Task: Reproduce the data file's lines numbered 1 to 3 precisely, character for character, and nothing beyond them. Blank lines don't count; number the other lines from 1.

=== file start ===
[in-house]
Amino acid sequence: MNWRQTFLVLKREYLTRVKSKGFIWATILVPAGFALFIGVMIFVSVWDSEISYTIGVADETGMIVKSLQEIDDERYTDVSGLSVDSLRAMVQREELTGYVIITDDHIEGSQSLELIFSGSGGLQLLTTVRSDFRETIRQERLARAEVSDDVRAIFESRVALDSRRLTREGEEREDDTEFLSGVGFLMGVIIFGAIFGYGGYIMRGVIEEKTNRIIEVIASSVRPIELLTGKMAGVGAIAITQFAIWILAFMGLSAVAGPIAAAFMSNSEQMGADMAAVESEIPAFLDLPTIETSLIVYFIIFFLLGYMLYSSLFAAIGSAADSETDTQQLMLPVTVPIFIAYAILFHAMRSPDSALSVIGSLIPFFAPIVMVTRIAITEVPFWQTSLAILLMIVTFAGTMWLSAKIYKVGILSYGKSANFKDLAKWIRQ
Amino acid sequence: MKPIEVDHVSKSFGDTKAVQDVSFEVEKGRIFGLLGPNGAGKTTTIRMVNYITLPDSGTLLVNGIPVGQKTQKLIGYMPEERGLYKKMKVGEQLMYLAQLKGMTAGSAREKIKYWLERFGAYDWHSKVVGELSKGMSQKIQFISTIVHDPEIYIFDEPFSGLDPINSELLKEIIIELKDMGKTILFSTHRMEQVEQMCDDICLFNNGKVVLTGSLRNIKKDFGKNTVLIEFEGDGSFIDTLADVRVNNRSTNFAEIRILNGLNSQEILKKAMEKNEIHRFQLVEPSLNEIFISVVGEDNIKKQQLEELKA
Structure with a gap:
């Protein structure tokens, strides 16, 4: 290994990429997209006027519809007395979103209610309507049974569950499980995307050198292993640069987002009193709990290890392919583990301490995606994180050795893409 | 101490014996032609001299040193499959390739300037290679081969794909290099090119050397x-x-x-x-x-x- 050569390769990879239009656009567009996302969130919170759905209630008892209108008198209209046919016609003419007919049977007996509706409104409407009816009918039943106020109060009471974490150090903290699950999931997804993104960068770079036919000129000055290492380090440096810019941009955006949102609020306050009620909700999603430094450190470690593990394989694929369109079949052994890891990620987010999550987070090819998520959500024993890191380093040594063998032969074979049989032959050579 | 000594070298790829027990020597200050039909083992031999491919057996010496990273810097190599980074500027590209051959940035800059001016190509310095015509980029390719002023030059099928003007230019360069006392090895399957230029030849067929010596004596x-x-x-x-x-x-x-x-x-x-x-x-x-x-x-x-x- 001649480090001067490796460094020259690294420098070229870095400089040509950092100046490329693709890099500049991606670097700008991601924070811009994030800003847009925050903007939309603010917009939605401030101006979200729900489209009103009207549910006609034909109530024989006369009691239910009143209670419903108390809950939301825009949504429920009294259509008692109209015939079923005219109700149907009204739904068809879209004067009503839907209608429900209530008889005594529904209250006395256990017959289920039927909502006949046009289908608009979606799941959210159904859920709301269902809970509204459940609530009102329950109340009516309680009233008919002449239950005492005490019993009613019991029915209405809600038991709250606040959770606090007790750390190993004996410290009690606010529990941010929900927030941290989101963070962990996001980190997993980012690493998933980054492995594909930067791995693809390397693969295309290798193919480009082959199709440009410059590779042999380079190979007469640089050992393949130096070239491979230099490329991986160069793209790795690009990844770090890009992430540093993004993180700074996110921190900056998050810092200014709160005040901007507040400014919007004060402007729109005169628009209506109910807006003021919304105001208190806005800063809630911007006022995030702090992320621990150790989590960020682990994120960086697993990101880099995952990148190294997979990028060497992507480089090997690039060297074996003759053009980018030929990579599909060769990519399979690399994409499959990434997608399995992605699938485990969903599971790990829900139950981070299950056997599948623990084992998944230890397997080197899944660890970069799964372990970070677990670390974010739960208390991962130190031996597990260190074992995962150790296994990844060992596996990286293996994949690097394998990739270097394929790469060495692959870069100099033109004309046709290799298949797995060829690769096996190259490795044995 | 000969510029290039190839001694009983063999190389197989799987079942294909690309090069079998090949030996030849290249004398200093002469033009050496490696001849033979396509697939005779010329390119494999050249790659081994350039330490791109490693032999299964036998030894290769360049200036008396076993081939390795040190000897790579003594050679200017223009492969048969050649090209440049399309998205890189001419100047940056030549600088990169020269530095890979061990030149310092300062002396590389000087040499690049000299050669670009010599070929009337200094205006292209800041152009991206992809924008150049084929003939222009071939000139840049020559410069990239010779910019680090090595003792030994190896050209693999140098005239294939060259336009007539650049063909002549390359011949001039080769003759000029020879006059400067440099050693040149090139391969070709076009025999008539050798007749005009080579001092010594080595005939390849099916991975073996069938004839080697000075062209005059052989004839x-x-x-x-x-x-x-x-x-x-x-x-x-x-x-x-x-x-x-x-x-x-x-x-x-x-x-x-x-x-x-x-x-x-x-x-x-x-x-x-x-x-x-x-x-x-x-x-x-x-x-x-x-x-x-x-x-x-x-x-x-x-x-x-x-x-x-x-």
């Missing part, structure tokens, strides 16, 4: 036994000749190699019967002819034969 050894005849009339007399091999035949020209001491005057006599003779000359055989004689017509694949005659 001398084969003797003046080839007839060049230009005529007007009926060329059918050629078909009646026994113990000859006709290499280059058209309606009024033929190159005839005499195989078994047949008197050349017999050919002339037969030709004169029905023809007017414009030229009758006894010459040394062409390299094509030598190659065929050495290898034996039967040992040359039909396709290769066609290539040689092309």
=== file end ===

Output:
[in-house]
Amino acid sequence: MNWRQTFLVLKREYLTRVKSKGFIWATILVPAGFALFIGVMIFVSVWDSEISYTIGVADETGMIVKSLQEIDDERYTDVSGLSVDSLRAMVQREELTGYVIITDDHIEGSQSLELIFSGSGGLQLLTTVRSDFRETIRQERLARAEVSDDVRAIFESRVALDSRRLTREGEEREDDTEFLSGVGFLMGVIIFGAIFGYGGYIMRGVIEEKTNRIIEVIASSVRPIELLTGKMAGVGAIAITQFAIWILAFMGLSAVAGPIAAAFMSNSEQMGADMAAVESEIPAFLDLPTIETSLIVYFIIFFLLGYMLYSSLFAAIGSAADSETDTQQLMLPVTVPIFIAYAILFHAMRSPDSALSVIGSLIPFFAPIVMVTRIAITEVPFWQTSLAILLMIVTFAGTMWLSAKIYKVGILSYGKSANFKDLAKWIRQ
Amino acid sequence: MKPIEVDHVSKSFGDTKAVQDVSFEVEKGRIFGLLGPNGAGKTTTIRMVNYITLPDSGTLLVNGIPVGQKTQKLIGYMPEERGLYKKMKVGEQLMYLAQLKGMTAGSAREKIKYWLERFGAYDWHSKVVGELSKGMSQKIQFISTIVHDPEIYIFDEPFSGLDPINSELLKEIIIELKDMGKTILFSTHRMEQVEQMCDDICLFNNGKVVLTGSLRNIKKDFGKNTVLIEFEGDGSFIDTLADVRVNNRSTNFAEIRILNGLNSQEILKKAMEKNEIHRFQLVEPSLNEIFISVVGEDNIKKQQLEELKA